End Notes: Erring Erin

You would have thought that the day was long since past when the ability to get easily out of lifetime promises would be regarded as progress, but the reaction to the Irish vote on divorce says otherwise. Poor Ireland was pictured as catching up with the modern world, and one fears that this is all too true. Reporters found voters who blamed the outcome on the misbehavior of the clergy, which had undermined their authority.

There must be a good deal of truth in this. Of course the percentage of priests and religious who engage in immoral activities—sexual, that is—is infinitesimal, but one is too many for most Catholics. The messenger and the message become identified, and a scandal is taken to discredit both. If a bishop has an illegitimate child, it must be all right to desert my spouse.

Not exactly an airtight argument, of course, but the logic is of the emotions rather than of the mind. And who are we to throw rocks at the Irish?

Under Paul VI there was a great exodus from the priesthood and religious life. This seemed almost to be encouraged. And there was the scandal of easy annulments to complement the clerical departures. It was all legitimate, of course. Laicizations were granted and annulments after all are official decisions. Very early on in his papacy, when he made abandoning religious vows and priestly celibacy more difficult, Pope John Paul II made the obvious connection. How were spouses to see their promises as permanent when the priest who married them ran off with the housekeeper and in short order was in good standing because of an ex post facto laicization?

There are not many heroes or heroines in the decadent West. Catholics divorce, we are told, at about the same rate as everyone else—not that I want to make marital fidelity a matter of heroism; it just seems that way in a crumbling culture. The magisterium has continued to put sound doctrine before us, in season and out of season, but there is rebellion in the ranks. Theologians, as a class, have an antipapist tinge to them, and one or two, usually more, can always be found to scoff at Church doctrine as hopelessly outmoded for the modern mind.

An ancient Benedictine named Kaufman has issued a second edition—Father McCormick, S.J., provides the preface— of his shameful book in which he advises the laity that they can reject Church doctrine and still be good Catholics. Sure they can. The old fellow’s only half right. The apostate can continue to claim the title Catholic, but of course it no longer means what it did. It no longer means what the Holy Roman Catholic Church means by it, and that is the only standard that matters. The modern mind, ancient Benedictines, and Jesuits seem to have lost the notion of the millstone, in the sense of punitive neckwear.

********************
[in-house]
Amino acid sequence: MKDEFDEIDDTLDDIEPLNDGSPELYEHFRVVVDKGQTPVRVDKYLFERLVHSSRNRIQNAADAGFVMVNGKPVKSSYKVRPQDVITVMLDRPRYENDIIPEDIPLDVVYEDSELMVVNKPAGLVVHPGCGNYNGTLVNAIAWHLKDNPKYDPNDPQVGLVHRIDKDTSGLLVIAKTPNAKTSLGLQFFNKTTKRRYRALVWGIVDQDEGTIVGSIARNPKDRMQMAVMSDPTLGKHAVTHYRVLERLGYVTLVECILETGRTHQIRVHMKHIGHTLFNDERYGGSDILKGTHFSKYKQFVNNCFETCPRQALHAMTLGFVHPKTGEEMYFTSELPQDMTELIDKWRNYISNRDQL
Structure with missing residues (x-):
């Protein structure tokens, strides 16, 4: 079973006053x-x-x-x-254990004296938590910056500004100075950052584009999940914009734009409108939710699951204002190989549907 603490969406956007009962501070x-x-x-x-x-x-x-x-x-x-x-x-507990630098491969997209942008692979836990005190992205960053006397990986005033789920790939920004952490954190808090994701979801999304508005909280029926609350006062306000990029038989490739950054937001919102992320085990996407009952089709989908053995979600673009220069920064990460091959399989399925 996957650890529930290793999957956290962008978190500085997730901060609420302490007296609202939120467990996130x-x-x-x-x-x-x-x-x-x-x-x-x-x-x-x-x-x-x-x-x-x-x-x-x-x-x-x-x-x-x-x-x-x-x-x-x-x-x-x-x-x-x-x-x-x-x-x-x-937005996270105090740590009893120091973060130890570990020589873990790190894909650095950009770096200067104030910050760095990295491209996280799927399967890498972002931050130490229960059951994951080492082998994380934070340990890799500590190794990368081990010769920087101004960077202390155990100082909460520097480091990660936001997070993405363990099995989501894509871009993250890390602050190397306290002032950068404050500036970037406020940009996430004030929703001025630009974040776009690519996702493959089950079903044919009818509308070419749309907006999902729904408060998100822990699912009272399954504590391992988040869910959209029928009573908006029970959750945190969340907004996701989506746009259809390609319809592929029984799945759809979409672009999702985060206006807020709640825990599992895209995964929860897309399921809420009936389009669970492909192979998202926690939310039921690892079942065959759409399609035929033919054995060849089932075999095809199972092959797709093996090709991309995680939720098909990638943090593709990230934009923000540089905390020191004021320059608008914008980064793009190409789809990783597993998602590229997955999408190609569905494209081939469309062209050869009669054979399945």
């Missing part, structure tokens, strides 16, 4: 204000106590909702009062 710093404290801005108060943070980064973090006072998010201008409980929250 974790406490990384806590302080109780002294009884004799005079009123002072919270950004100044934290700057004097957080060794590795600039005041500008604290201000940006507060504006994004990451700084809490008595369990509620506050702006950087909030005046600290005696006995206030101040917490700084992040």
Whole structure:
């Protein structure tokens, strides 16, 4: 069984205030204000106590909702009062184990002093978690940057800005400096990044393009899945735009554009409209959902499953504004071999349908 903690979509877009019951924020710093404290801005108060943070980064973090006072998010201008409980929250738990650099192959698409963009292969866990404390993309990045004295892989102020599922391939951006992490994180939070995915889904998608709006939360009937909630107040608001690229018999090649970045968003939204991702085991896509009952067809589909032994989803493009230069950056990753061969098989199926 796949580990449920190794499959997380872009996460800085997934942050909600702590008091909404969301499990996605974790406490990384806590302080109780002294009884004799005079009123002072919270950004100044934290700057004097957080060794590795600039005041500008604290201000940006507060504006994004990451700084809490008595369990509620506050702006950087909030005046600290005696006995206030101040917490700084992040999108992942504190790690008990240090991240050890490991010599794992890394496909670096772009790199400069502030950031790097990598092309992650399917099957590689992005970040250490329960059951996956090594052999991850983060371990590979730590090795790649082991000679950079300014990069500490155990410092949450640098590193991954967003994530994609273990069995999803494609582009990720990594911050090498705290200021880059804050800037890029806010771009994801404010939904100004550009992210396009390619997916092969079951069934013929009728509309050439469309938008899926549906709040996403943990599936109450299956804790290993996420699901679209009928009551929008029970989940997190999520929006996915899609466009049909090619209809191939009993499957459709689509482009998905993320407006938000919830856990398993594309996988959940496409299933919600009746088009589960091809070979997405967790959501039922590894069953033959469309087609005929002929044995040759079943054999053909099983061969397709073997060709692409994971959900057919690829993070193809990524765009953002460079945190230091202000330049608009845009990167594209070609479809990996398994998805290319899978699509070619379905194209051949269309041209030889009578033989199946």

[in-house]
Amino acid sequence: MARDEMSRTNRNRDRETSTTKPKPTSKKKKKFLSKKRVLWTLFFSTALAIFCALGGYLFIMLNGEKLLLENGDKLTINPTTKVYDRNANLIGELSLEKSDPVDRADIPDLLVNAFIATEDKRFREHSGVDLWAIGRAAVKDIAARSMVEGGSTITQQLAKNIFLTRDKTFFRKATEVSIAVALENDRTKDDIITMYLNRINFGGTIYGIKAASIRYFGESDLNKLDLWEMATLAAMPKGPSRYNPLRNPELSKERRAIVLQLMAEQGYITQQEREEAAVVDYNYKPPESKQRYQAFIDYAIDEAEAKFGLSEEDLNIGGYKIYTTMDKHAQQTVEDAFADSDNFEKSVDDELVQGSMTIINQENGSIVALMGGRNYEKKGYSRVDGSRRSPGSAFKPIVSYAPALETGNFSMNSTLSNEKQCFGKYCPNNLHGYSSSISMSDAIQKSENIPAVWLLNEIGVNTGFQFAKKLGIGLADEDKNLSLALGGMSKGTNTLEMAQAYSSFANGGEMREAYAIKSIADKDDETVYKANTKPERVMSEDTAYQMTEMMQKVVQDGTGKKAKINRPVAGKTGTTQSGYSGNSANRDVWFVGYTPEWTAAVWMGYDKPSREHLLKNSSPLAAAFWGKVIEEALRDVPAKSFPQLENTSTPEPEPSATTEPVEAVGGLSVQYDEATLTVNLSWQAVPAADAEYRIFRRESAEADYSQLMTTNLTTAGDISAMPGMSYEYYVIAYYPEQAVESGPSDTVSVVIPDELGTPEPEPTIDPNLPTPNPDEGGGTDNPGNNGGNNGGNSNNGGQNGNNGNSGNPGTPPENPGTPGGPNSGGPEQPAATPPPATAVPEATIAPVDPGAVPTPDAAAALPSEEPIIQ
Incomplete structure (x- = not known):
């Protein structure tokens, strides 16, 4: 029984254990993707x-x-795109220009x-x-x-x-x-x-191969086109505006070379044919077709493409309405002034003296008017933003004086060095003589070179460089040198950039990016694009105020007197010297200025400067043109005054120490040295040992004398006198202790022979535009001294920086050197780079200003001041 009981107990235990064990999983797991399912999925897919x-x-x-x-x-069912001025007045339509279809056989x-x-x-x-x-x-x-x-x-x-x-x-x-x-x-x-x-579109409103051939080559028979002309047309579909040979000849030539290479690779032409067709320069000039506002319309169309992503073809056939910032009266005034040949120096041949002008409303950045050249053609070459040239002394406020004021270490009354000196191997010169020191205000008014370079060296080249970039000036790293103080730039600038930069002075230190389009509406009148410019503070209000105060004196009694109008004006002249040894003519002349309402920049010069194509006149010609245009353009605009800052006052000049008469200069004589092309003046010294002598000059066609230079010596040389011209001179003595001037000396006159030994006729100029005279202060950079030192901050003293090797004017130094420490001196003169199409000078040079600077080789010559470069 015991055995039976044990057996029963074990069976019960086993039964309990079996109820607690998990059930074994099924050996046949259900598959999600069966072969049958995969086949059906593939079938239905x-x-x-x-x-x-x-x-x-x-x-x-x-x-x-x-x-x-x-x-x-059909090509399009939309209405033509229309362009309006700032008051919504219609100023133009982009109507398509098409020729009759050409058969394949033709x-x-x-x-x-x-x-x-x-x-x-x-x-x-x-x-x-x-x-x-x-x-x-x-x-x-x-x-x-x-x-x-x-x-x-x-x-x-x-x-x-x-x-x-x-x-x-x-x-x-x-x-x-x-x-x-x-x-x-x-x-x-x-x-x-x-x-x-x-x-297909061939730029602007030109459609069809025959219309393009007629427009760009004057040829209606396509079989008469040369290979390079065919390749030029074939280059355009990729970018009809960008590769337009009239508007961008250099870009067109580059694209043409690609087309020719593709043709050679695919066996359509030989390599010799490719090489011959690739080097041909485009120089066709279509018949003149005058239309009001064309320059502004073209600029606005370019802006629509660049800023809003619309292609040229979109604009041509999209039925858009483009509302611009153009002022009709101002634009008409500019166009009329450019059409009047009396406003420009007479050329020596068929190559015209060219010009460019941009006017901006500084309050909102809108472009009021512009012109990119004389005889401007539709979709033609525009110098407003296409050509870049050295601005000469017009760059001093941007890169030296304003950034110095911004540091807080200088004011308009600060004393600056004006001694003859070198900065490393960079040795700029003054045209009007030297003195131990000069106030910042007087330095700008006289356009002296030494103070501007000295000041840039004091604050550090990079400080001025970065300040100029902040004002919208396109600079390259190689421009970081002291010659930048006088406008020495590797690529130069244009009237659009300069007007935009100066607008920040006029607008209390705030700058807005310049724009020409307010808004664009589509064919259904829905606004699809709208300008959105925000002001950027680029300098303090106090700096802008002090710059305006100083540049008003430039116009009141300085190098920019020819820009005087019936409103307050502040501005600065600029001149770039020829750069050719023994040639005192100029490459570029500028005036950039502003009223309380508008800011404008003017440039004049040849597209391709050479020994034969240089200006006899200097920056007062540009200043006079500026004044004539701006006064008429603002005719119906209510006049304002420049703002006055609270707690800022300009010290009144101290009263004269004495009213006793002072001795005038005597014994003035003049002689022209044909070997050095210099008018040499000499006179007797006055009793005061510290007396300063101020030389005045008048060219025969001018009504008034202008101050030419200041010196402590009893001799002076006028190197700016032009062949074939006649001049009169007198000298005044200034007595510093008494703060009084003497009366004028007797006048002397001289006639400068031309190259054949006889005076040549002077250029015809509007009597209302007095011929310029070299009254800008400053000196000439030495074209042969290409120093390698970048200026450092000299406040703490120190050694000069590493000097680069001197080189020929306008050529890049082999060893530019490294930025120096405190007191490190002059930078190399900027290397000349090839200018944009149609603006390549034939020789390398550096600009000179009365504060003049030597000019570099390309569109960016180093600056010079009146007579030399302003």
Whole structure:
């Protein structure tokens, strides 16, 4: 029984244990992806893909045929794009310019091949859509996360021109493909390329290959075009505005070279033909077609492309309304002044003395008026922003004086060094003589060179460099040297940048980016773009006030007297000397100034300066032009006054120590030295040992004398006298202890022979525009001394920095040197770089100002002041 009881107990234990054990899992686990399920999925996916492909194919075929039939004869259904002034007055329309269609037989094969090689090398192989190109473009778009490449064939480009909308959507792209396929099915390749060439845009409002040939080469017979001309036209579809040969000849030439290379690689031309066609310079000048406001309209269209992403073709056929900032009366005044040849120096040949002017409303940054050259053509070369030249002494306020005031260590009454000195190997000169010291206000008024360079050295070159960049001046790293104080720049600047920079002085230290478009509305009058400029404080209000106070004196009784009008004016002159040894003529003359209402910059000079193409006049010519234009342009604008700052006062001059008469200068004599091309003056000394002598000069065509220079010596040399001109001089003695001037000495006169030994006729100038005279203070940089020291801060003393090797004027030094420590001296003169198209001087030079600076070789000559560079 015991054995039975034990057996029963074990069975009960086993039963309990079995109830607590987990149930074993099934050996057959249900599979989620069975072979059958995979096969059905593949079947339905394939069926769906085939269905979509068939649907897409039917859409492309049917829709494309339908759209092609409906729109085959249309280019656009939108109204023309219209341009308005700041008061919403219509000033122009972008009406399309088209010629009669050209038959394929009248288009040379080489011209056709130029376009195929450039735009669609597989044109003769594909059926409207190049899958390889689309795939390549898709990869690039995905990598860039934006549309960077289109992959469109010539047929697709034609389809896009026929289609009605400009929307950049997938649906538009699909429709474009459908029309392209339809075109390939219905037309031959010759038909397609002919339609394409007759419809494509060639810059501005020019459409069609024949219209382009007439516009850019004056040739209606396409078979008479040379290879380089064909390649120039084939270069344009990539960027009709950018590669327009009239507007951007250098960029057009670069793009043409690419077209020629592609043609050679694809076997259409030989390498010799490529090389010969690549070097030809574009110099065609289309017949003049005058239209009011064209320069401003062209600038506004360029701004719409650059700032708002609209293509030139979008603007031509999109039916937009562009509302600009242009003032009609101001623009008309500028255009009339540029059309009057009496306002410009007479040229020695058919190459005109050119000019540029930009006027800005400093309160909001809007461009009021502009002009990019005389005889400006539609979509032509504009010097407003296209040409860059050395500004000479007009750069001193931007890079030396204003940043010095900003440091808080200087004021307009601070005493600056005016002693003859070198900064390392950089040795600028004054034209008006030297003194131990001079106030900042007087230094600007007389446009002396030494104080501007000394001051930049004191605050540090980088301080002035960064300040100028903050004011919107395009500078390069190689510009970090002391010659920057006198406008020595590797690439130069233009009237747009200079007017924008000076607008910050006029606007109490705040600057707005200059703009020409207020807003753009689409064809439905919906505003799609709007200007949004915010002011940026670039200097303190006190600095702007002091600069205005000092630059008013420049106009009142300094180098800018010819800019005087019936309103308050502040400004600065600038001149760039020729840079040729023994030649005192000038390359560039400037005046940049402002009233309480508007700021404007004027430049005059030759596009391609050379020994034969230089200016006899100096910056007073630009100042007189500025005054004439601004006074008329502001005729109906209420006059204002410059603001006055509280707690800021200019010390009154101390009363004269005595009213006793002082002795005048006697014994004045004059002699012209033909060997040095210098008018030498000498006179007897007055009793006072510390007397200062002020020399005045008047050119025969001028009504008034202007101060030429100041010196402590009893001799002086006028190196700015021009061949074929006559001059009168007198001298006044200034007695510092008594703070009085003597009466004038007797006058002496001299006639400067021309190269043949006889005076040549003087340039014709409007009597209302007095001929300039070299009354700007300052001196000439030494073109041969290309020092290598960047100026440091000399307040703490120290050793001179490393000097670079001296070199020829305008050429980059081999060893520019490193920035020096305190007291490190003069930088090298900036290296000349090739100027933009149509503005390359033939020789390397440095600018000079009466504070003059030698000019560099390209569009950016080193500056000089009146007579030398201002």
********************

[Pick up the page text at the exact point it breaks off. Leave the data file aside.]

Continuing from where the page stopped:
Catholics are urged from all sides to make up their own minds, to decide for themselves, what being Catholic means for them. This is of course the Protestant principle: Don’t let anyone tell you what Christianity is; that’s a matter between you and God. Once upon a time those who embraced this principle understood that they were breaking with the Catholic Church. Now they are congratulated by theologians for their independence of mind and told they are as Catholic as the pope.

There is no need to wonder what divorce will do for Ireland. It will do there what it has done everywhere else, destroy the family, produce generations of children who have no model of fidelity or lasting love. And turn marriage into an arrangement that lasts as long as spouses amuse one another, with children a menace rather than a blessing.

Making up one’s own mind and following one’s conscience have come to mean that one gets to make up the moral law as well as apply it. Of course, each person must decide for himself, but some of those decisions are good and others bad, and the measure of the difference is the moral law and Christian faith, which are what they are.

Years ago I had a clerical colleague who wrote a witty little book called How to Start Your Own Religion. Unfortunately, he followed his own advice, and he is no longer either clerical or my colleague. At least he never suggested that you could start your own religion and call it the one you were repudiating.

Well, you can tell that I took the Irish vote hard. Mother Ireland has always functioned for me as a bastion of the faith, doubtless because I only visited once. I was truly shocked to hear the outcome of the vote. My feeling is akin to what the Irish felt when they heard of a naughty priest or philandering prelate. It is tempting to tell all the Irish to go soak their heads.

But half voted against divorce. Fifty percent. Ten just men once would have sufficed to save a city. May God save Ireland.

By

Ralph McInerny was a popular writer, philosopher, and teacher, as well as the co-founder of Crisis Magazine. He passed away on January 29, 2010.

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